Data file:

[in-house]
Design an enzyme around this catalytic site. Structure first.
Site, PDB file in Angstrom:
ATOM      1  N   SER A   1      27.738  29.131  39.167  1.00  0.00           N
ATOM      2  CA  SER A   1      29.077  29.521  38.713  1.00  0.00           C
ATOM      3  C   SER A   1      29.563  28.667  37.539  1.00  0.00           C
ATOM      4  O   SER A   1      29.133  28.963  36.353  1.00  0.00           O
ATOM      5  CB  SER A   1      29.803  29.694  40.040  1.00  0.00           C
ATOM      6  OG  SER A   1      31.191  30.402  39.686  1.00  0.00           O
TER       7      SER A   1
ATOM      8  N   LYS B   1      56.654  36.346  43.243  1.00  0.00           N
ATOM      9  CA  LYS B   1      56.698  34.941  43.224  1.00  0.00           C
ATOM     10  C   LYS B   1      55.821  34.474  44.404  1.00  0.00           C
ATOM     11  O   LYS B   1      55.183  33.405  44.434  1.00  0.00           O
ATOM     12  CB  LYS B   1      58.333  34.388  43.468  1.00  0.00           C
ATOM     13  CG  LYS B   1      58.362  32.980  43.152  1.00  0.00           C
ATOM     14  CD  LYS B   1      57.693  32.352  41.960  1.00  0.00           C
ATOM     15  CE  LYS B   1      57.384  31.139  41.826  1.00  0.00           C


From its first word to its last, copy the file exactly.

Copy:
[in-house]
Design an enzyme around this catalytic site. Structure first.
Site, PDB file in Angstrom:
ATOM      1  N   SER A   1      27.738  29.131  39.167  1.00  0.00           N
ATOM      2  CA  SER A   1      29.077  29.521  38.713  1.00  0.00           C
ATOM      3  C   SER A   1      29.563  28.667  37.539  1.00  0.00           C
ATOM      4  O   SER A   1      29.133  28.963  36.353  1.00  0.00           O
ATOM      5  CB  SER A   1      29.803  29.694  40.040  1.00  0.00           C
ATOM      6  OG  SER A   1      31.191  30.402  39.686  1.00  0.00           O
TER       7      SER A   1
ATOM      8  N   LYS B   1      56.654  36.346  43.243  1.00  0.00           N
ATOM      9  CA  LYS B   1      56.698  34.941  43.224  1.00  0.00           C
ATOM     10  C   LYS B   1      55.821  34.474  44.404  1.00  0.00           C
ATOM     11  O   LYS B   1      55.183  33.405  44.434  1.00  0.00           O
ATOM     12  CB  LYS B   1      58.333  34.388  43.468  1.00  0.00           C
ATOM     13  CG  LYS B   1      58.362  32.980  43.152  1.00  0.00           C
ATOM     14  CD  LYS B   1      57.693  32.352  41.960  1.00  0.00           C
ATOM     15  CE  LYS B   1      57.384  31.139  41.826  1.00  0.00           C